What is an OCG & what is participating in organised crime

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What is an OCG & what is participating in organised crime

Some may be disappointed with the finale of Line of Duty. The twist at the end wasn’t as thrilling as we thought it would be. Those who did watch it will have heard many acronyms used by AC-12 (anti-corruption police officers). In the real world those same acronyms are used by many law enforcement agencies. One acronym in particular, which the AC-12 loves using, is OCG.

OCG stands for organised crime group. The organised criminals Steve Arnott is tracking down could find themselves prosecuted for a number of different offences including Conspiracy offences as well as some substantive offences. It is also likely that they could face a charge brought under section 45 of the Serious Crime Act 2015 known commonly as the ‘participating’ offence.

In this article solicitor Damian Wall explains the laws in relation to participating in organised crime groups and what a participating offence is.


What is classed as participating in an OCG?

Section 45 of the Serious Crime Act 2015 focuses on people who are aiding organised crime groups for personal gain yet are far enough removed from them to not warrant direct suspicion by police. Accountants and solicitors are two examples of professions that could be targeted by this act.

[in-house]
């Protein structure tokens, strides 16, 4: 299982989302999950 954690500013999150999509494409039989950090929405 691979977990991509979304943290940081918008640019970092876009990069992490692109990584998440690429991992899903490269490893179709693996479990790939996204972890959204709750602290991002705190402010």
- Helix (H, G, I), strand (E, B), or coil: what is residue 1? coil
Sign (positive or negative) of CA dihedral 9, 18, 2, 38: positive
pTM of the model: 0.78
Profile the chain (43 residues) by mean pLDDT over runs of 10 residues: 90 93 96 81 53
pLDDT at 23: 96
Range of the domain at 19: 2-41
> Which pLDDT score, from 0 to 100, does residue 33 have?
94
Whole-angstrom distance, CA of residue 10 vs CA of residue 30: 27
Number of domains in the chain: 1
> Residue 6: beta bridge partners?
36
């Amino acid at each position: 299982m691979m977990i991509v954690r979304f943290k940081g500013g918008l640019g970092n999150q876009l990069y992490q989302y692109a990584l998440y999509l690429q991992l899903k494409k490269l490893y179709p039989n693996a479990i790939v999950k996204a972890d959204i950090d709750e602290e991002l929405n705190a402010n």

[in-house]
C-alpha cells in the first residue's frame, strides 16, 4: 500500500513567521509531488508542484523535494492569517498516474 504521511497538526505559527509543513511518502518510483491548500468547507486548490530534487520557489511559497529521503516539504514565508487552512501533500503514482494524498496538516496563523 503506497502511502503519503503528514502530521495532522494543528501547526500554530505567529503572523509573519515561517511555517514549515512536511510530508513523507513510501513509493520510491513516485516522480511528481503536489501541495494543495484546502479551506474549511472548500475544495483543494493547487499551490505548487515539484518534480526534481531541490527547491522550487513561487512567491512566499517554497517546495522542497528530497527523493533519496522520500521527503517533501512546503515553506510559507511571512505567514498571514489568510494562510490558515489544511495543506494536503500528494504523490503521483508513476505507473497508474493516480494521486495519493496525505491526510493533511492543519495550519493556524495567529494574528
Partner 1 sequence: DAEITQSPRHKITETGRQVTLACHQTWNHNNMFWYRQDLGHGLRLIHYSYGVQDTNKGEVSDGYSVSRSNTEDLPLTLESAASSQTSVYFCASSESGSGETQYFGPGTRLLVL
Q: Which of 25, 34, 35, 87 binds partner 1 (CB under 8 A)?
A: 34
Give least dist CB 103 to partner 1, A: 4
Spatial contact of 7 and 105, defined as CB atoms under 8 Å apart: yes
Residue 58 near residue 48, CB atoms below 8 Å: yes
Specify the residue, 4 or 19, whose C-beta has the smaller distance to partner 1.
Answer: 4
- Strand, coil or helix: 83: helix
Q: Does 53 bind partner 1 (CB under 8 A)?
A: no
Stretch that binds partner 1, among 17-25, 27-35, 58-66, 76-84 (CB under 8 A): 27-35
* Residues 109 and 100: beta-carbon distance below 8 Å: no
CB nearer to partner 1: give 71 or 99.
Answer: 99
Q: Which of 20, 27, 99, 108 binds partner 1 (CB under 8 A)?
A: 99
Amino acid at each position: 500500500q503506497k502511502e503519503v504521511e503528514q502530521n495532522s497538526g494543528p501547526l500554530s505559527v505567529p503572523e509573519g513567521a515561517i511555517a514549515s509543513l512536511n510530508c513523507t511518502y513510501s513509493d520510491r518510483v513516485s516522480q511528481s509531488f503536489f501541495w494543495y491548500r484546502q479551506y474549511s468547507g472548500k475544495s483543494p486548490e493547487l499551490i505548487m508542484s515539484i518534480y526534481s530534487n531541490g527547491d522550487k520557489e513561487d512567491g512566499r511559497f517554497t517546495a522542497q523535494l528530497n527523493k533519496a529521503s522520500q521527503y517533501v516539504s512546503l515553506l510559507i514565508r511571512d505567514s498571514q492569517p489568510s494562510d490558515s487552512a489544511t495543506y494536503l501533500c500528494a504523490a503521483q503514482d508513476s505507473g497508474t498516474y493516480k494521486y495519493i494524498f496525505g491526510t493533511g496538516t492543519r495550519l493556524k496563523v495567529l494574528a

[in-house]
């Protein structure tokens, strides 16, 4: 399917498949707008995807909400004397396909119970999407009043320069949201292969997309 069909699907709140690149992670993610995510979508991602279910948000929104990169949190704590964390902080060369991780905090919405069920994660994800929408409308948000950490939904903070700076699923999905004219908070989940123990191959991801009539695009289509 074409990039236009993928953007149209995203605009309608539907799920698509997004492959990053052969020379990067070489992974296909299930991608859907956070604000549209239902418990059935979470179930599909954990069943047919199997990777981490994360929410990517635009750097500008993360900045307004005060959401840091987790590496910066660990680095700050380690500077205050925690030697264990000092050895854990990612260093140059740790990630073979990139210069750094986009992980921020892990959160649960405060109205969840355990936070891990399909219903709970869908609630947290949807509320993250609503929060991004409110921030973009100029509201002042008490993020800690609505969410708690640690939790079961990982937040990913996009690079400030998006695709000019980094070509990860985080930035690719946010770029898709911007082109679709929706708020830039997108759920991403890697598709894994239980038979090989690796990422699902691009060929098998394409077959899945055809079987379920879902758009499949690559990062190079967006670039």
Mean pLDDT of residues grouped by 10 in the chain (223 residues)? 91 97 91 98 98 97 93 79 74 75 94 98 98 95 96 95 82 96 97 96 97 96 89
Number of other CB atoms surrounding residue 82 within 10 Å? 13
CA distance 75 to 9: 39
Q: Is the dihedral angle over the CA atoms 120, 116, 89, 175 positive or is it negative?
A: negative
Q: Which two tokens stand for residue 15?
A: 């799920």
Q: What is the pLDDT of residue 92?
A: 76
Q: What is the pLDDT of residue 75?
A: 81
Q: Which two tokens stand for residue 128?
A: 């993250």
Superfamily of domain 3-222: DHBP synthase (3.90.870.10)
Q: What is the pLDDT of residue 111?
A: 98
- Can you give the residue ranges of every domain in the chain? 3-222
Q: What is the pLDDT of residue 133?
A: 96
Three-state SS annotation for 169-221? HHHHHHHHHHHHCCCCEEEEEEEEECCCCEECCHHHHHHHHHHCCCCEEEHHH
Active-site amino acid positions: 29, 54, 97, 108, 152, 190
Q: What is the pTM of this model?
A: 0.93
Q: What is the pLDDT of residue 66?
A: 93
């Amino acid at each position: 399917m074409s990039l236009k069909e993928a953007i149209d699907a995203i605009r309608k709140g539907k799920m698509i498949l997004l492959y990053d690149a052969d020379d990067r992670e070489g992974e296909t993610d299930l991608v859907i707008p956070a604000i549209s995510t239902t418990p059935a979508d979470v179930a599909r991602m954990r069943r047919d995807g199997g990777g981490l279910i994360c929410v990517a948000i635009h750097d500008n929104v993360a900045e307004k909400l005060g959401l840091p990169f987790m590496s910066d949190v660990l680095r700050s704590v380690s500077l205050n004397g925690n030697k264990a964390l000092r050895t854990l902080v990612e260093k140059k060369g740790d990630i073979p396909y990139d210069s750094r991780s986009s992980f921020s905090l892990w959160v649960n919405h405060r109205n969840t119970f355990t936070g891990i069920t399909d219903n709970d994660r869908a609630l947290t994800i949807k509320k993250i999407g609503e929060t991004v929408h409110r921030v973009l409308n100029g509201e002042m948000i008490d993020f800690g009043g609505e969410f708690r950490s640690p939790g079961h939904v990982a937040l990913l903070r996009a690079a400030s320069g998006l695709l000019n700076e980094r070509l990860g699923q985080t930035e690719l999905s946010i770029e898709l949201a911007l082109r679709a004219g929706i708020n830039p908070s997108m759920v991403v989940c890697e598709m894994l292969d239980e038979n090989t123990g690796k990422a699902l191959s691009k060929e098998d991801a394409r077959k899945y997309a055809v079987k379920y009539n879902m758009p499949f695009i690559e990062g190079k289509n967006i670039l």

The act requires that the offender ‘knows or reasonably suspects’ that their actions will assist an OCG and the illegal activity must warrant a minimum sentence of at least 7 years. The types of activity the act will include offences such as:



An OCG is defined by sect 45(6) as “3 or more persons who act (or agree to act) together to further the carrying on of criminal activities”. 


What is the sentence for participating in an organised crime group (OCG)?

The penalties for participating in organised crime are significant. Those cases can only appear in the Crown Court and carry a maximum sentence of 5 years imprisonment.  Sentences will depend on the circumstances, the role played, the length of time involved etc.

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There is a concern that this offence may be used in cases where it is difficult to identify an organised crime group’s operations or target . This can potentially raise a number of evidential issues which can work in favour or against the defendant.  

The evidence in these cases is also, often, complex. So it is important that those accused of being involved in an organised crime group seek representation from solicitors who have experience in dealing with these types of cases. 

To contact Damian or read more about him and the cases he has dealt with please see his profile.

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